How did a young man from the suburbs of New York become a powerful real estate tycoon and US president?
The problem with Donald Trump, billionaire, celebrity and now president-elect, is not where to start but to end. Pull at one thread and you will get another.
Look back on RNZ's live coverage of election day here.
His life has been a rollercoaster, a lot of it lived in the public eye and even more of it controversial. There isn't enough space here to tackle it all but here's a potted history:
Donald Trump was born in Queens, New York, on 14 June, 1946. His father, Fred Trump, was a self-made real estate broker who owned two chauffeur-driven limousines. His mother, Mary, was a Scottish immigrant whose father had been a fisherman.
It was a strict house where swearing was forbidden. Despite their wealth, all the Trump children were forced to make their own money through paper rounds and summer jobs. Donald was a rebellious child - in elementary school he punched a teacher "because I didn't think he knew anything about music".
The strict upbringing saw the teenaged Donald shipped off to a New York military academy after his father discovered a switchblade in his bedroom. Donald excelled as captain of the baseball team and winner of the 'Neatness and Order' medal but made few close friends. He graduated in 1964 and, already strongly attracted to the limelight, flirted with the idea of going to film school. Instead, he attended Fordham University and transferred after two years to Wharton Business School at the University of Pennsylvania.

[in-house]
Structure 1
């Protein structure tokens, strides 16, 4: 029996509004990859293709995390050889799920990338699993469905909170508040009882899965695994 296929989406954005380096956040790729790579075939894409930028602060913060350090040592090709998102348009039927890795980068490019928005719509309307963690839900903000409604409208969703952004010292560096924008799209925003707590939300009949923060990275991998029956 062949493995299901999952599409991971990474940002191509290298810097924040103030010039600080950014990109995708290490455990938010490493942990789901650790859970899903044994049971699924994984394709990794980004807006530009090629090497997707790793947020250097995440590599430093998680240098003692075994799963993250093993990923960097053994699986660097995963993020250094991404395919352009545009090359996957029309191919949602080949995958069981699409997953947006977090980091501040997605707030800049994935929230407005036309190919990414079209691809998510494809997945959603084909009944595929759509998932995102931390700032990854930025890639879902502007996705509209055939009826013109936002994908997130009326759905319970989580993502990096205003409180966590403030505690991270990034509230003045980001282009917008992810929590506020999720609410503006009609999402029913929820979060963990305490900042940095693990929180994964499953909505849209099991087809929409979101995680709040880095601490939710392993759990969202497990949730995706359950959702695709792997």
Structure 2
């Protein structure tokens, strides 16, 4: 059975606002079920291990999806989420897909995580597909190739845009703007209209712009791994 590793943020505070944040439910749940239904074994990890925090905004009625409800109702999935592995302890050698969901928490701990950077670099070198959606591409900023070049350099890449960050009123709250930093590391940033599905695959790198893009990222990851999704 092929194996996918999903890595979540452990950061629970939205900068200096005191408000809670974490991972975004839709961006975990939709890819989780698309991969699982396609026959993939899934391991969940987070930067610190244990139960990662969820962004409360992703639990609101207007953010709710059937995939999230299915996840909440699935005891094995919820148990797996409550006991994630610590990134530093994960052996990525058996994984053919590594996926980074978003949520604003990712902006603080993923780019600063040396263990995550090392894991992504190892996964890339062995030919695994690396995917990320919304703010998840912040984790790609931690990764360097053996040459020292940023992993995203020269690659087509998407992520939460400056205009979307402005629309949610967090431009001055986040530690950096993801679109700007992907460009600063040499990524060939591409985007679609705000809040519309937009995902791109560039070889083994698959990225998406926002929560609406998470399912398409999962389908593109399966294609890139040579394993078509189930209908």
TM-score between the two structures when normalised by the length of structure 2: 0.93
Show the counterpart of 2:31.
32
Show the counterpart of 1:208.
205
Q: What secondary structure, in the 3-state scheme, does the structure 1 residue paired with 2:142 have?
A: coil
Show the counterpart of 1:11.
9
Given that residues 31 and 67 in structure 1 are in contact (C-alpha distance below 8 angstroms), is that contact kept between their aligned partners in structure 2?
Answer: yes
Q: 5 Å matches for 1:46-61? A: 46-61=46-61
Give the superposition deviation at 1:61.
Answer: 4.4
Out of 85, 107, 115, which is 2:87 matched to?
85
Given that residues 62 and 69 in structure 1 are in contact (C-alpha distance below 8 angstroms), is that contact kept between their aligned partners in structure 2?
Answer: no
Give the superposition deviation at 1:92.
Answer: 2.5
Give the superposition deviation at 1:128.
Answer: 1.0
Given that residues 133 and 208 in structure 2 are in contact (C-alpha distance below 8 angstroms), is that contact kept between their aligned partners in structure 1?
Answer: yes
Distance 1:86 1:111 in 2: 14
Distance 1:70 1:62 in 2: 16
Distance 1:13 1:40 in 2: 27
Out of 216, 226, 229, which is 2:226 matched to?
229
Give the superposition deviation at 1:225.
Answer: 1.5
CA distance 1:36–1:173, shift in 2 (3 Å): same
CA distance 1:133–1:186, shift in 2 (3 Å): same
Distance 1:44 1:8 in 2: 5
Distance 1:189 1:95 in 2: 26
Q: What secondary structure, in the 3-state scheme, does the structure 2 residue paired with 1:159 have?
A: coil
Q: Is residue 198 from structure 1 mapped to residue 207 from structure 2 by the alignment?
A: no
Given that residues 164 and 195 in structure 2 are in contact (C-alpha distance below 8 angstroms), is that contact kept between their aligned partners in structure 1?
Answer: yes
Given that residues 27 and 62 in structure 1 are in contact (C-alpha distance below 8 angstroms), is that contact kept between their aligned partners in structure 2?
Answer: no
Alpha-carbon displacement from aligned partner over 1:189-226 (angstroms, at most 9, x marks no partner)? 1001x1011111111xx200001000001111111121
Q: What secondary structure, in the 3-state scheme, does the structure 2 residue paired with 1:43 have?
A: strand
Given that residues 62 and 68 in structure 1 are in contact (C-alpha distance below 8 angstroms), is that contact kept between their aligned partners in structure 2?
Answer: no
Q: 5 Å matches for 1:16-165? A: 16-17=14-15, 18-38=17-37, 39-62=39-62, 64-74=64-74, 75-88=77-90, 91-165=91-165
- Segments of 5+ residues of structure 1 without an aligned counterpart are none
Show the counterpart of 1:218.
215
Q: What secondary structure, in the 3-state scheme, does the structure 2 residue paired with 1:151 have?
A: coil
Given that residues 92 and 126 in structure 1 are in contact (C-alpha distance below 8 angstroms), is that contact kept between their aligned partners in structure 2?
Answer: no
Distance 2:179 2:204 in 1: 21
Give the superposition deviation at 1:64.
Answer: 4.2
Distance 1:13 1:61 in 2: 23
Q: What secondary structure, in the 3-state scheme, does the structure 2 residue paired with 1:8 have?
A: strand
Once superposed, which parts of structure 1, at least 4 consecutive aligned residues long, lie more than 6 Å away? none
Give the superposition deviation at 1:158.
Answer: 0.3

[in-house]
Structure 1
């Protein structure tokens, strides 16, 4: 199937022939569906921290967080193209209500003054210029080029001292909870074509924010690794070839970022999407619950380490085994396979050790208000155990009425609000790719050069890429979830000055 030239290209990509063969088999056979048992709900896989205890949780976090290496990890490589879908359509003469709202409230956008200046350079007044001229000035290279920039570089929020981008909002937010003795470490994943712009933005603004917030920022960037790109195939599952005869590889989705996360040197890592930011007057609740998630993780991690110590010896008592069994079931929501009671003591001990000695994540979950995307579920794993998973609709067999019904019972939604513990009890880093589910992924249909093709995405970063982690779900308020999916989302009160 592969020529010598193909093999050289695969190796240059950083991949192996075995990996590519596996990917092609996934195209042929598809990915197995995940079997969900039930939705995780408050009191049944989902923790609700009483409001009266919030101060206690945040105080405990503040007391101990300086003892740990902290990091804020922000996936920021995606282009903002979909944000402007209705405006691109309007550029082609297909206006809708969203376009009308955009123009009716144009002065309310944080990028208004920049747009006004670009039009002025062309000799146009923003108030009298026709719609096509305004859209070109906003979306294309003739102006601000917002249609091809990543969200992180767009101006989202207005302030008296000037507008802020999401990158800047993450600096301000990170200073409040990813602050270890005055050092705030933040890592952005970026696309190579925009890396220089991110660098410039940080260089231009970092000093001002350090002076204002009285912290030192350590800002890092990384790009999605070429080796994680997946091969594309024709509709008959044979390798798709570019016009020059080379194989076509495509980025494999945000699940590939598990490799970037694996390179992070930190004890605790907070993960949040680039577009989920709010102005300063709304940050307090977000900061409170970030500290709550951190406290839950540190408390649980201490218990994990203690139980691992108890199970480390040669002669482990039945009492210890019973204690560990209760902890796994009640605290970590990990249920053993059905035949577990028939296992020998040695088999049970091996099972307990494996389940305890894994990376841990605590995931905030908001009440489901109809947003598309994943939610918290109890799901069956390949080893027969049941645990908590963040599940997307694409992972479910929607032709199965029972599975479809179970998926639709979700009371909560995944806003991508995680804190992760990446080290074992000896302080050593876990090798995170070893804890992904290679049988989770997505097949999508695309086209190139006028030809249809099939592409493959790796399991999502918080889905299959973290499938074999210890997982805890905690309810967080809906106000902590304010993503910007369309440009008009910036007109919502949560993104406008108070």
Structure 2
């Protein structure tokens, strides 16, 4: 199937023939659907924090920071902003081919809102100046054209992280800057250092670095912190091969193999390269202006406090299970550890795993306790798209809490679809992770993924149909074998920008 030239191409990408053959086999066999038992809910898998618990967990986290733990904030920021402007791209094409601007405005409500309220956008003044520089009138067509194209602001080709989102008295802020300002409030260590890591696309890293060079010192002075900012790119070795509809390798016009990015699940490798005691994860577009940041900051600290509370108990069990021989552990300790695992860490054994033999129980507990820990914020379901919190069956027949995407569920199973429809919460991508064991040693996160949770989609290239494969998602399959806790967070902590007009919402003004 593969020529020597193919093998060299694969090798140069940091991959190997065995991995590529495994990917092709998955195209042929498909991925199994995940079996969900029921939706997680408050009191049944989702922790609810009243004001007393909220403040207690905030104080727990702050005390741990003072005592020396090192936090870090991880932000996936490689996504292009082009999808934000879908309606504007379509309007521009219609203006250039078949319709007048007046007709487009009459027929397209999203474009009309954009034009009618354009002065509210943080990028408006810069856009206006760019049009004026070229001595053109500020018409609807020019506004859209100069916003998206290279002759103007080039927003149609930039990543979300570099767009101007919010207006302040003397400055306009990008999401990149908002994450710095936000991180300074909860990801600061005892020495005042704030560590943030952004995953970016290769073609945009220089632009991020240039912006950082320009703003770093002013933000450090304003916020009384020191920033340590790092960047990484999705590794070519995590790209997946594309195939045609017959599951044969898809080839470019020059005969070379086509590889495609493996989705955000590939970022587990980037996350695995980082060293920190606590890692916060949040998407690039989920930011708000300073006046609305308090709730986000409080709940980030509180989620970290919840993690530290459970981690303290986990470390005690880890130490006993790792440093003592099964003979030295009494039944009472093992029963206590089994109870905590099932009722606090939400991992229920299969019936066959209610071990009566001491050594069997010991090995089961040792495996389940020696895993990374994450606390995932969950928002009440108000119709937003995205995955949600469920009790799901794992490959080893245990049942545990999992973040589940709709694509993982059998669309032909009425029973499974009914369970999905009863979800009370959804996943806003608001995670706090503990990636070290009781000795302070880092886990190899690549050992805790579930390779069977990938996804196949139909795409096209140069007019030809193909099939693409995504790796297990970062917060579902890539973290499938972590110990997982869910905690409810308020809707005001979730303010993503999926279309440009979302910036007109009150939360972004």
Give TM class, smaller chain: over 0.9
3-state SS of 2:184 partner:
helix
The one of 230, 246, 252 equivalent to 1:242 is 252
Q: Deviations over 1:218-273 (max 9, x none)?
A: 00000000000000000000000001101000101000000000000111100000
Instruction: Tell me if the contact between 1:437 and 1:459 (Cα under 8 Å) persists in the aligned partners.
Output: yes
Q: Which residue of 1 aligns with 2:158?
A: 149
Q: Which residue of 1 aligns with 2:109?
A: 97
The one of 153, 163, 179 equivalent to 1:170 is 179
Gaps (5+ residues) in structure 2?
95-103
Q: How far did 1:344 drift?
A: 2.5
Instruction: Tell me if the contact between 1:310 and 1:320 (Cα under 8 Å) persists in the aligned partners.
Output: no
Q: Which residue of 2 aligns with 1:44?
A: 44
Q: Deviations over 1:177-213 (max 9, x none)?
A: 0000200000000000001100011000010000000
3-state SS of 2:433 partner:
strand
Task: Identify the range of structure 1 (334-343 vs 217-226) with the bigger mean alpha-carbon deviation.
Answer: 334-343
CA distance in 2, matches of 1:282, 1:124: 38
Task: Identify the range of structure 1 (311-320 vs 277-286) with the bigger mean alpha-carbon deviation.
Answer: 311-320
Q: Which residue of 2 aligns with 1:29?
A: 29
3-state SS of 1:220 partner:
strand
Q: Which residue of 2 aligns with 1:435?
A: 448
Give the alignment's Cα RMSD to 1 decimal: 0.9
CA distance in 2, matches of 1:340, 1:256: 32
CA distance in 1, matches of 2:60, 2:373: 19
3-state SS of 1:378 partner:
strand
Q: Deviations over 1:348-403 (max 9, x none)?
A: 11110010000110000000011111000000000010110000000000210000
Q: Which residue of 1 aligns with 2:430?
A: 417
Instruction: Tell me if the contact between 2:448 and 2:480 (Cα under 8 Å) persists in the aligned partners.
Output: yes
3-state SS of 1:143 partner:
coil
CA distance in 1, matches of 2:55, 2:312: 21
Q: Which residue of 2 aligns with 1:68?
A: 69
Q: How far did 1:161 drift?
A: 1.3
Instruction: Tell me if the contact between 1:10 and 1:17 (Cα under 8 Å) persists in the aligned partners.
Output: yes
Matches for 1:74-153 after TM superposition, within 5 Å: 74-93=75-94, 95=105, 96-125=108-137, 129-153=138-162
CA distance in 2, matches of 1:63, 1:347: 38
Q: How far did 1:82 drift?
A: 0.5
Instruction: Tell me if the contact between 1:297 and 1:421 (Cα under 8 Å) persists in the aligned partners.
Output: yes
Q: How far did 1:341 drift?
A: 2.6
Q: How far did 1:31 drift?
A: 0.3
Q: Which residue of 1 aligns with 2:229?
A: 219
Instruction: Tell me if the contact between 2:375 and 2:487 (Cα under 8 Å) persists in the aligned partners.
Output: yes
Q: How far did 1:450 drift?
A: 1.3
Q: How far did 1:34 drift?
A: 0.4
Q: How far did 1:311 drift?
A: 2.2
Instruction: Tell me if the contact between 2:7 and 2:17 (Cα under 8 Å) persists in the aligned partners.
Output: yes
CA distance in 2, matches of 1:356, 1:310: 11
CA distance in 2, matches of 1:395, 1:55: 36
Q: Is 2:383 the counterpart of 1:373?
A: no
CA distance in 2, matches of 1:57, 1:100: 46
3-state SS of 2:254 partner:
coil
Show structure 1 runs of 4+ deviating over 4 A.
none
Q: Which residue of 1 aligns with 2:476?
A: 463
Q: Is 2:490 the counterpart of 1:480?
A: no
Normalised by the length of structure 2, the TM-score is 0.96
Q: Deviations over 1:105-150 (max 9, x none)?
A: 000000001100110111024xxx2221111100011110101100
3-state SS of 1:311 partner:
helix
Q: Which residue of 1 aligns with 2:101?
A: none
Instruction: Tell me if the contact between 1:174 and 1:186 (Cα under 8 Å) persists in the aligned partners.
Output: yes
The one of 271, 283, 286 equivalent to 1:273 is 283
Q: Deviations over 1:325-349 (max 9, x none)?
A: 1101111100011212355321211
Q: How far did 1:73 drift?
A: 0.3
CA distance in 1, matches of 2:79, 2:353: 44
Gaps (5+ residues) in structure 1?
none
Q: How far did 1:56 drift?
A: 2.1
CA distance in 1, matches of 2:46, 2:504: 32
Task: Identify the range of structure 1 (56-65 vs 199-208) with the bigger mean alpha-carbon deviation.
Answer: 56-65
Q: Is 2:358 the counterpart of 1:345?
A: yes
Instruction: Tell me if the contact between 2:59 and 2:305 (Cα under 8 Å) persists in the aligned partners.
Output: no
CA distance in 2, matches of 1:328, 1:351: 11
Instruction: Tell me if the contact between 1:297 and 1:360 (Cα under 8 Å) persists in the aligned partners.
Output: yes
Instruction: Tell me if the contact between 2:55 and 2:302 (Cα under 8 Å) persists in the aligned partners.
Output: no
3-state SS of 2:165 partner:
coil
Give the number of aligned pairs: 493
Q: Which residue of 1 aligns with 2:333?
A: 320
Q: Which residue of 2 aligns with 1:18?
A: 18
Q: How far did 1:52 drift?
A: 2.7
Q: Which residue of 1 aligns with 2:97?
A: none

In 1971, three years after graduating from college, Donald moved into an apartment in Manhattan on Third Avenue and 75th Street.
As a suburban boy from Queens, he was an outsider on the Upper East Side but his audacity surprised many developers there. In a complicated deal which included financial aid from his father, he bought the crumbling Commodore Hotel on 42nd Street for $US70 million and gutted and renovated the building. He relaunched it as The Grand Hyatt Hotel in 1980. It was a great success and with Donald having maintained a 50 percent interest, the money started pouring in. Trump the tycoon had arrived.